Removal of no cause termination can work, but Tenancy Tribunal has to reform first.

We explain why the Property Management industry will benefit from changes to the RTA.

I know I will be in the minority in our industry who feel this way, but the removal of the 90-day no-cause termination may not be as bad as everyone is making it out to be. That is not to say I am on board with all of the amendments that Kris Faafoi, the Associate Housing Minister is proposing. There definitely needs to be some fine-tuning such as the three strike policy which is totally impractical and the Tenancy Tribunal needs reform before this bill becomes law. However, a subsequent unforeseen consequence from this bill could lead to a surge in the need for professional and qualified Property Managers. Tougher fines, more evidence of compliance, stronger enforcement powers and making it harder to remove tenants will lead to many self-managed landlords outsourcing the management of their property portfolio.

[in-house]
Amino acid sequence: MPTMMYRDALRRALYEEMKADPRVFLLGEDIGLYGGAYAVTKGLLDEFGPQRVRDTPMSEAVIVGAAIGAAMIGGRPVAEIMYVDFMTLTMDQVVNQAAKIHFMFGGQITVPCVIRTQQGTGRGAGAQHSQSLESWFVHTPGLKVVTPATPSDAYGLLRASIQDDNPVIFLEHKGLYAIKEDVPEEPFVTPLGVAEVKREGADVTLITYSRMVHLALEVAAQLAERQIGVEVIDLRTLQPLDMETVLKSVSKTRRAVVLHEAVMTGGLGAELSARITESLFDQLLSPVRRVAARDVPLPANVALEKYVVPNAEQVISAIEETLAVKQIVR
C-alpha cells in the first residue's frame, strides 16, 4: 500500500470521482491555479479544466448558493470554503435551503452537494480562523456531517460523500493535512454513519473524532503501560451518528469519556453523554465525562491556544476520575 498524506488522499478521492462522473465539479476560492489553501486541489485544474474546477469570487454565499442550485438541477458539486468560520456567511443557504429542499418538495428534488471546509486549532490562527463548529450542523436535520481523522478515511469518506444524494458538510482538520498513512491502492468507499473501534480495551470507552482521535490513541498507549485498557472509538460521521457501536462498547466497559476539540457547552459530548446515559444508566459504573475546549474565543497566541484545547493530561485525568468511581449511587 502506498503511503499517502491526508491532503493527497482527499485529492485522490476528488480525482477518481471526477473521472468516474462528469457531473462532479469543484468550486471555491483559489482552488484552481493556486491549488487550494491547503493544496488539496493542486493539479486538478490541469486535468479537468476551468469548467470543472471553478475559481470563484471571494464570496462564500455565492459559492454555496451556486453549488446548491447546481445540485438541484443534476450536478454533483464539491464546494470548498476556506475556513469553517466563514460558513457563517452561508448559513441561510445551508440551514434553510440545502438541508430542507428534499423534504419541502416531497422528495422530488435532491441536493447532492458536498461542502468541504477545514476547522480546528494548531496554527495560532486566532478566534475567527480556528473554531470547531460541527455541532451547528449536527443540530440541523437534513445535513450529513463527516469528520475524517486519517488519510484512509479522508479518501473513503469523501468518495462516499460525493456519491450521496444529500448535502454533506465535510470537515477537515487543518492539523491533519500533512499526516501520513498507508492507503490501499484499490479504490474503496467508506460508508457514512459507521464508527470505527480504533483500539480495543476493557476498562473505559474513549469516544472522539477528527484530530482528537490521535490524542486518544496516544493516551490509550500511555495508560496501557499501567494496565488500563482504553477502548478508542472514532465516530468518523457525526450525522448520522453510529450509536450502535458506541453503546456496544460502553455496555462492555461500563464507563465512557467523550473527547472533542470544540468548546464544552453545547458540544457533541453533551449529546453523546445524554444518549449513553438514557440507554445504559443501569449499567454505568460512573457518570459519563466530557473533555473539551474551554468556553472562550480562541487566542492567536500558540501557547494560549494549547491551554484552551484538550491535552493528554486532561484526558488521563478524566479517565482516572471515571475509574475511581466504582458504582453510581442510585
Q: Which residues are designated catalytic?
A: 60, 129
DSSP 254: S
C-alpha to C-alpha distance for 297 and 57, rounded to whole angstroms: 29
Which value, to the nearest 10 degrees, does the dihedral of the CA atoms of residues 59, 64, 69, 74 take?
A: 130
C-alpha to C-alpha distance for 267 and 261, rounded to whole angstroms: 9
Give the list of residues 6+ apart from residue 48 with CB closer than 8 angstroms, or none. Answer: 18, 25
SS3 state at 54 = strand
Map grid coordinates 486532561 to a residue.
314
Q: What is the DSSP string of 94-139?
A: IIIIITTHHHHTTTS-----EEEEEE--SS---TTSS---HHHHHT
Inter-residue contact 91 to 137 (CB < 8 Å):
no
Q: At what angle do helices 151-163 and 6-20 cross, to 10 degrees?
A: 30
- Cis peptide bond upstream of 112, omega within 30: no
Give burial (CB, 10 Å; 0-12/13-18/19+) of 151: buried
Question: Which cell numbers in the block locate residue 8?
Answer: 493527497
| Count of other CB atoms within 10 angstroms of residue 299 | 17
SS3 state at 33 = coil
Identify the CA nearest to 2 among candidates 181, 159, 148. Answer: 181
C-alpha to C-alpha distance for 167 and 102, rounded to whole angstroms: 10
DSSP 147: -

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Should it stay or should it go

First, let’s deal with the removal of no-cause terminations. I admit that I do find myself torn when I look at this. There is a huge part of me that agrees with what Faafoi is doing. Without blowing my own trumpet too much I feel I am as well qualified as anybody to have an opinion on what is being proposed. There are not many people who have greater insight into renting in New Zealand than myself. I have seen renting in places as far off the beaten track as Westport and Kaitaia. Places where there are all sorts of social and economic issues. I have worked with Social Housing providers and see the challenges they have to face. I have worked with companies who attract average rents well in excess of $600 a week and we work with hundreds of Property Managers who have or are working towards getting qualified.